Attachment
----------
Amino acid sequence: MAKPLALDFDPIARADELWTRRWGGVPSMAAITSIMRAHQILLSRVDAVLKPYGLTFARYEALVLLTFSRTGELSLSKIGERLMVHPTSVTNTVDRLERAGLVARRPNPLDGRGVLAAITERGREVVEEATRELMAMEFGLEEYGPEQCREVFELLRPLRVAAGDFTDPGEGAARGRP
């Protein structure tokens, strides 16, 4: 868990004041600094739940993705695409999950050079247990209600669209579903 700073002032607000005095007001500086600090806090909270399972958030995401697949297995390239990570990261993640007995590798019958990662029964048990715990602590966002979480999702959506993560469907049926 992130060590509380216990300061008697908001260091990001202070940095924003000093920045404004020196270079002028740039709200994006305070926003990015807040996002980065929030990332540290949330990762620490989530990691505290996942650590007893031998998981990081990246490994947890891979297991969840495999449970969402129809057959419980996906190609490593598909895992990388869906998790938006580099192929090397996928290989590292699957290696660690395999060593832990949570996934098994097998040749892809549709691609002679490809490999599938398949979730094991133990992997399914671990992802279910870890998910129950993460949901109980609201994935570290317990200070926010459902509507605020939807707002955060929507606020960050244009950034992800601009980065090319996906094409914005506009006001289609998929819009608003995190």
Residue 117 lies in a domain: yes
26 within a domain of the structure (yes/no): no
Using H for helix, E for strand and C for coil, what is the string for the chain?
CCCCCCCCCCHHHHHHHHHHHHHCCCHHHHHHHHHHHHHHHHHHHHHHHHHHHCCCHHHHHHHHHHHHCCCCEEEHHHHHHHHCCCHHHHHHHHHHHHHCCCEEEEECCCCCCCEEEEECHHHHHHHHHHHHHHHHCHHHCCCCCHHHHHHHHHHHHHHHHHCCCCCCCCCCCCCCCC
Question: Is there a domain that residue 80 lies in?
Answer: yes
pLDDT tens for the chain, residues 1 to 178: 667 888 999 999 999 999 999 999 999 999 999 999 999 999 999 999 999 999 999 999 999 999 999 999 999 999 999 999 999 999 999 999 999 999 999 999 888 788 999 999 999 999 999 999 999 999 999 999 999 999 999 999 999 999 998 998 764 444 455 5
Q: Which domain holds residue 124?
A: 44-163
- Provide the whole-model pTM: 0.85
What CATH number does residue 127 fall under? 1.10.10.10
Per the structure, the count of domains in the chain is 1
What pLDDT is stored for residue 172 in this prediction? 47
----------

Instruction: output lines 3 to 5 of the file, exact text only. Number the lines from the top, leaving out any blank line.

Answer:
Residue 117 lies in a domain: yes
26 within a domain of the structure (yes/no): no
Using H for helix, E for strand and C for coil, what is the string for the chain?